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Your Digital Identity

Posted by daniel on June 16, 2003 at 6:37 AM PDT

When you hang out with geeks, it's easy to forget that discussions of some important issues have not yet entered the mainstream. Digital rights and your online identity are big issues in technology circles, entertainment companies and in State and Federal legislatures. At times it seems as if we've beaten these topics to death, and yet it is still early days.

There is a balancing act between providing easy access and providing protection. On the one hand it would be nice to provide single signon and ease of access to federated sites so that the user can login once and then seamlessly navigate a family of related sites. On the other hand, an individual should be able to control who has access to information about their personal information and activities. Robert Stephenson's weblog "Java and Education: persistent digital identity" surveys a wide range of recent discussions on this issue in Java Today

Other featured Weblogs include Software AG's Michael Champion's post "Web services, application integration, SOA ... exchanging documents rather than calling APIs", Glenn Vanderburg's JavaOne wrap up that he calls "Heading Out", and Eduardo Pelegri-Llopart's contribution to the discussion on serving an international audience in " for non-English speakers - a Call for Action."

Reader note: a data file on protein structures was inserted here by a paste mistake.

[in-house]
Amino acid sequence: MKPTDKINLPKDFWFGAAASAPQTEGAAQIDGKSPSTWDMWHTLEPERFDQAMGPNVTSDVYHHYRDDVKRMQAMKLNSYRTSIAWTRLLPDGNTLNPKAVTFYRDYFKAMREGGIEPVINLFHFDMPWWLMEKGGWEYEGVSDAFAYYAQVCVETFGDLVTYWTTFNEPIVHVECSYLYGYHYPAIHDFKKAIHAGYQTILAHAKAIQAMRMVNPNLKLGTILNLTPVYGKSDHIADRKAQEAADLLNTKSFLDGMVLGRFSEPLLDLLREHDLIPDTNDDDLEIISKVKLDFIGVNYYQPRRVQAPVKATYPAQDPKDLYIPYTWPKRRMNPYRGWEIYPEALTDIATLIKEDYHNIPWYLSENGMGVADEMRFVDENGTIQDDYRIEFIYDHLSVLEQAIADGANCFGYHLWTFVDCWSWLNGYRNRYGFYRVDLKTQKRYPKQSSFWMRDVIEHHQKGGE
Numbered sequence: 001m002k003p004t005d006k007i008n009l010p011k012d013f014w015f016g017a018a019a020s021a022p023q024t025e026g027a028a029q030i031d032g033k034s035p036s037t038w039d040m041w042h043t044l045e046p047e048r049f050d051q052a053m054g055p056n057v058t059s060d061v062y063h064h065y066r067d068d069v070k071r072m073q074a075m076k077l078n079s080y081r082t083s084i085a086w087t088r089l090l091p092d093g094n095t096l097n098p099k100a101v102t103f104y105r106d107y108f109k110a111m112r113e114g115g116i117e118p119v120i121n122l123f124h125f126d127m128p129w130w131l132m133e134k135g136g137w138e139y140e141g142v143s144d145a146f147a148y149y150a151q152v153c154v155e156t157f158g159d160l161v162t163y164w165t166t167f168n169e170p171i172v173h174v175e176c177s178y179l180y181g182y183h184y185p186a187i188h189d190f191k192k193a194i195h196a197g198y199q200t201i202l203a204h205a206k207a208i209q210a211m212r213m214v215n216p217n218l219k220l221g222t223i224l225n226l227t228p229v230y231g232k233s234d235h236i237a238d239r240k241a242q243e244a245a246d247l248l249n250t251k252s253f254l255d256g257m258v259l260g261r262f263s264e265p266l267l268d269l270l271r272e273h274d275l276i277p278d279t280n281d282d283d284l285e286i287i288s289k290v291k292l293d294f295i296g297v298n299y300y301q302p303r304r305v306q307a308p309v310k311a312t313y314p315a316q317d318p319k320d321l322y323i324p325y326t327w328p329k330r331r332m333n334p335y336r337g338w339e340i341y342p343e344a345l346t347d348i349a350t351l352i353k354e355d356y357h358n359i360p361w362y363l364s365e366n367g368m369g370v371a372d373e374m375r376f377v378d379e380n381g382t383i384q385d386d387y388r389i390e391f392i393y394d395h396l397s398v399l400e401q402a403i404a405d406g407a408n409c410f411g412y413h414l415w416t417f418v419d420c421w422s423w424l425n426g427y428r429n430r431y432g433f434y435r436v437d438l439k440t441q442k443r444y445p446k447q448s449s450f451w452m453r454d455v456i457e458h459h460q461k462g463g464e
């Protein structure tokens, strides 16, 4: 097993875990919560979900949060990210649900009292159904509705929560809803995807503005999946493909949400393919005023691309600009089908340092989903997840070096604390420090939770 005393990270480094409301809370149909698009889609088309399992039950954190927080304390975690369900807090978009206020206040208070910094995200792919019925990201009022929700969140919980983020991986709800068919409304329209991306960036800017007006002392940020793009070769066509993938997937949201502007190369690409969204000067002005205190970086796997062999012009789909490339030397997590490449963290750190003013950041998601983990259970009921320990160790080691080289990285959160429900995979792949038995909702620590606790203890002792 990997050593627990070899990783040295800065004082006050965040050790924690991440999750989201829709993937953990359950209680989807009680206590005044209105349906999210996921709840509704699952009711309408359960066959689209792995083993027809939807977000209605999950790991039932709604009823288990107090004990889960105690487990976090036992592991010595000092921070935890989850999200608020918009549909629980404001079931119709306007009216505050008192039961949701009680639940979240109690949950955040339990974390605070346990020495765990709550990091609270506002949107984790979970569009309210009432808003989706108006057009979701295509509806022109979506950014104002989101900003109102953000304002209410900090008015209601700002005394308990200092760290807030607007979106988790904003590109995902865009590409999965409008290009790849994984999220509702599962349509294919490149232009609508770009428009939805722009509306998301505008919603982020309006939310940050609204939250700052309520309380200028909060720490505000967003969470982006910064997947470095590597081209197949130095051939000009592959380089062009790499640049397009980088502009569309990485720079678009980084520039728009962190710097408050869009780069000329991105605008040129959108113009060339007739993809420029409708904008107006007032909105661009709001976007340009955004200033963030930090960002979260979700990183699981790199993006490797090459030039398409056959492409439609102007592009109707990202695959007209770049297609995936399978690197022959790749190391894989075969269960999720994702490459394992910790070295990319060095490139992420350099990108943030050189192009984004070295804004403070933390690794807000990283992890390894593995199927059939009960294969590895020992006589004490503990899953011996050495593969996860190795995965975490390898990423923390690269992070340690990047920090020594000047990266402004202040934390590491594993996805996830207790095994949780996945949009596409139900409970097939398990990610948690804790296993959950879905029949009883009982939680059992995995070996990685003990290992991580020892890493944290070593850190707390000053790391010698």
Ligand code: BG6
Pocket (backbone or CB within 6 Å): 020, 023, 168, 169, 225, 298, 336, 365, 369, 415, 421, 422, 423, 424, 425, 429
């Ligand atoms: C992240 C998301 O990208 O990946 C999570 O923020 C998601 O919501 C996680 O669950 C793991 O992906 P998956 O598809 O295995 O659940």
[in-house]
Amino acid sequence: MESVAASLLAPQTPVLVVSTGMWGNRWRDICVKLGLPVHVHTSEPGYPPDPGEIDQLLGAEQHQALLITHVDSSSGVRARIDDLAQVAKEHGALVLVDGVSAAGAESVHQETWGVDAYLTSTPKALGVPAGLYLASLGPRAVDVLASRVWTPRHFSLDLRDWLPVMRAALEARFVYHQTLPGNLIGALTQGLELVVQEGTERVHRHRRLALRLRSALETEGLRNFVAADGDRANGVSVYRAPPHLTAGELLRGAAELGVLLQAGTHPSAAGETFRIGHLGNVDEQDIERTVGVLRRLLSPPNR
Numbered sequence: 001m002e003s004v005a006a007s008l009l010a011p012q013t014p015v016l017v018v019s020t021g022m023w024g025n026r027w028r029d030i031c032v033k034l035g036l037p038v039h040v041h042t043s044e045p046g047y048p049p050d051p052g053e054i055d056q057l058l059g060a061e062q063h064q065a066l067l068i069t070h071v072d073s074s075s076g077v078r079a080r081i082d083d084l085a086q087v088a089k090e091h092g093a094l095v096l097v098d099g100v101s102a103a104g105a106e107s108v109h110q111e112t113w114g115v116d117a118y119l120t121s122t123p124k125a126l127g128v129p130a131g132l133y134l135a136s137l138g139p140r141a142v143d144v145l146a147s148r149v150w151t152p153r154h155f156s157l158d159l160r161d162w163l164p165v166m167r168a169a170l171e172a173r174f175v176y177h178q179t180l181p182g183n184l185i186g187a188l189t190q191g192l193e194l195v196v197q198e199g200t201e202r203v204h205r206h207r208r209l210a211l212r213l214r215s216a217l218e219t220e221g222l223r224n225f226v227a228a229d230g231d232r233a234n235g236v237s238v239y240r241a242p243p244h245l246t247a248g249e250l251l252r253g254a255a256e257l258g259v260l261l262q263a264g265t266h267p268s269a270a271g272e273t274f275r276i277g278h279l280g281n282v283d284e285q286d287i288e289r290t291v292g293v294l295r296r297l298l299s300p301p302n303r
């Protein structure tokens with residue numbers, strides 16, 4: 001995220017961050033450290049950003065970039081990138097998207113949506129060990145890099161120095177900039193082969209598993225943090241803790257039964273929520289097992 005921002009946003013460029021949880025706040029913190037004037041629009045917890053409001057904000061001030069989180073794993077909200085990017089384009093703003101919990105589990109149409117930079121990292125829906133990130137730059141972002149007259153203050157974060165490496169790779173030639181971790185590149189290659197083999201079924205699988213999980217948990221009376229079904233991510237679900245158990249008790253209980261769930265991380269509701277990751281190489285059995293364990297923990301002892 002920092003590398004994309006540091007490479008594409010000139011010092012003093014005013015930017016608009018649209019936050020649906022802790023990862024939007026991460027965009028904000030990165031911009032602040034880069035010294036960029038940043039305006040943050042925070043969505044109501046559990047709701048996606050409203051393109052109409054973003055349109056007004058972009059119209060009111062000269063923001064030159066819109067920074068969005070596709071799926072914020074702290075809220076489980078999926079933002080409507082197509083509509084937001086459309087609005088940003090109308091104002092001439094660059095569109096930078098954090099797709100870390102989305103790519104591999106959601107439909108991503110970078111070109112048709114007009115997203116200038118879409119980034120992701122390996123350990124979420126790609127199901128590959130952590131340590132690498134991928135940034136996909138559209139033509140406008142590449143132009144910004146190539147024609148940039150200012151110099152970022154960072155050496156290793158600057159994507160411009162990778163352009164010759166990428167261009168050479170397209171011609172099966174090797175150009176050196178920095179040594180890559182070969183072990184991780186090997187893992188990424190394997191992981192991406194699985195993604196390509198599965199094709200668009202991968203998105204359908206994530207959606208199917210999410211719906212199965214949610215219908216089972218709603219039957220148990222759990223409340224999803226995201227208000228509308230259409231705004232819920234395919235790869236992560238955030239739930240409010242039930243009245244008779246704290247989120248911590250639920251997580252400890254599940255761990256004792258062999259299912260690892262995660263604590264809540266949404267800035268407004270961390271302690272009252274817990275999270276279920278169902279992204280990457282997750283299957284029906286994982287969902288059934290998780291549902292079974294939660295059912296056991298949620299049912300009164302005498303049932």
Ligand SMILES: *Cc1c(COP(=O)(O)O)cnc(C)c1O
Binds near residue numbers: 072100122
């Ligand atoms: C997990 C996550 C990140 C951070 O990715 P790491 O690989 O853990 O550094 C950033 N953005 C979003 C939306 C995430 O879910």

In Also Today we feature an ONJava article by Andrei Cioroianu called "JSP ProgressBars". In this code filled feature, Cioroianu has sparked some reader reaction to his recommendations of the use of threads. Read the article and join in the discussion. Craig Castelaz also muses on the possible disappearance of green field development in "When GOTOs roamed the land."

Steve Mallett, the Java Today news editor has gathered the following Java Today News Headlines: "James Gosling likes the idea of open-source Java", "Java gets tough", "Gary Revlin at WIRED waxes on Sun's State of Affairs regarding Linux and Microsoft", "IBM Won't Bow to SCO Unix Licensing Deadline" and "Novell backs off copyright claims against SCO".

Daniel H Steinberg, Editor-in-Chief